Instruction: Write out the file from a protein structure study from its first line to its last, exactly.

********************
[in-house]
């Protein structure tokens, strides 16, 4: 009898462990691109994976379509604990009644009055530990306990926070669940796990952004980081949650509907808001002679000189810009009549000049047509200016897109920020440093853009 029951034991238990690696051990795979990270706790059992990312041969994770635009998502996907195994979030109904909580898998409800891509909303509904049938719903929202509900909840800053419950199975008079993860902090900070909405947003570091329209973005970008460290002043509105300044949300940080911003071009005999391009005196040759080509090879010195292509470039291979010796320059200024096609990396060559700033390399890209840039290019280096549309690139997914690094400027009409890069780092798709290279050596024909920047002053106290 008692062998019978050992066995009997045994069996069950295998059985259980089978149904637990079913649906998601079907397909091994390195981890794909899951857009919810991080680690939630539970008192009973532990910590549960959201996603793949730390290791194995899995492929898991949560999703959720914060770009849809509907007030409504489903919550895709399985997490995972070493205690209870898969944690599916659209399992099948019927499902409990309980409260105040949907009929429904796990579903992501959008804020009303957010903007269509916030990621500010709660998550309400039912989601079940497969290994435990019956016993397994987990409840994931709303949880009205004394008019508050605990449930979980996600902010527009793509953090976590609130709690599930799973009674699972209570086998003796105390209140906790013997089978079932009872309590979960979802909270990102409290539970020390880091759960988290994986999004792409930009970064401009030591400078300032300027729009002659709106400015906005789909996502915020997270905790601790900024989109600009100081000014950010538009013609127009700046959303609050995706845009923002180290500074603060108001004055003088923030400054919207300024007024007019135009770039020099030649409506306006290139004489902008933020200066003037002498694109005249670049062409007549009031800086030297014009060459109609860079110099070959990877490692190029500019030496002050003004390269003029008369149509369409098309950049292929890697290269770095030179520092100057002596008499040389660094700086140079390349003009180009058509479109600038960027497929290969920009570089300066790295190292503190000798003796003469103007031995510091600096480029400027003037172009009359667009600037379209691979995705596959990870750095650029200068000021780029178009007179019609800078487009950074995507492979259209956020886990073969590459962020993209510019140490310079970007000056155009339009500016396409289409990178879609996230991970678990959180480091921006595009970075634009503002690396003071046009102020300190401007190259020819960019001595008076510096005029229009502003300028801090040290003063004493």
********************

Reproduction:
[in-house]
């Protein structure tokens, strides 16, 4: 009898462990691109994976379509604990009644009055530990306990926070669940796990952004980081949650509907808001002679000189810009009549000049047509200016897109920020440093853009 029951034991238990690696051990795979990270706790059992990312041969994770635009998502996907195994979030109904909580898998409800891509909303509904049938719903929202509900909840800053419950199975008079993860902090900070909405947003570091329209973005970008460290002043509105300044949300940080911003071009005999391009005196040759080509090879010195292509470039291979010796320059200024096609990396060559700033390399890209840039290019280096549309690139997914690094400027009409890069780092798709290279050596024909920047002053106290 008692062998019978050992066995009997045994069996069950295998059985259980089978149904637990079913649906998601079907397909091994390195981890794909899951857009919810991080680690939630539970008192009973532990910590549960959201996603793949730390290791194995899995492929898991949560999703959720914060770009849809509907007030409504489903919550895709399985997490995972070493205690209870898969944690599916659209399992099948019927499902409990309980409260105040949907009929429904796990579903992501959008804020009303957010903007269509916030990621500010709660998550309400039912989601079940497969290994435990019956016993397994987990409840994931709303949880009205004394008019508050605990449930979980996600902010527009793509953090976590609130709690599930799973009674699972209570086998003796105390209140906790013997089978079932009872309590979960979802909270990102409290539970020390880091759960988290994986999004792409930009970064401009030591400078300032300027729009002659709106400015906005789909996502915020997270905790601790900024989109600009100081000014950010538009013609127009700046959303609050995706845009923002180290500074603060108001004055003088923030400054919207300024007024007019135009770039020099030649409506306006290139004489902008933020200066003037002498694109005249670049062409007549009031800086030297014009060459109609860079110099070959990877490692190029500019030496002050003004390269003029008369149509369409098309950049292929890697290269770095030179520092100057002596008499040389660094700086140079390349003009180009058509479109600038960027497929290969920009570089300066790295190292503190000798003796003469103007031995510091600096480029400027003037172009009359667009600037379209691979995705596959990870750095650029200068000021780029178009007179019609800078487009950074995507492979259209956020886990073969590459962020993209510019140490310079970007000056155009339009500016396409289409990178879609996230991970678990959180480091921006595009970075634009503002690396003071046009102020300190401007190259020819960019001595008076510096005029229009502003300028801090040290003063004493």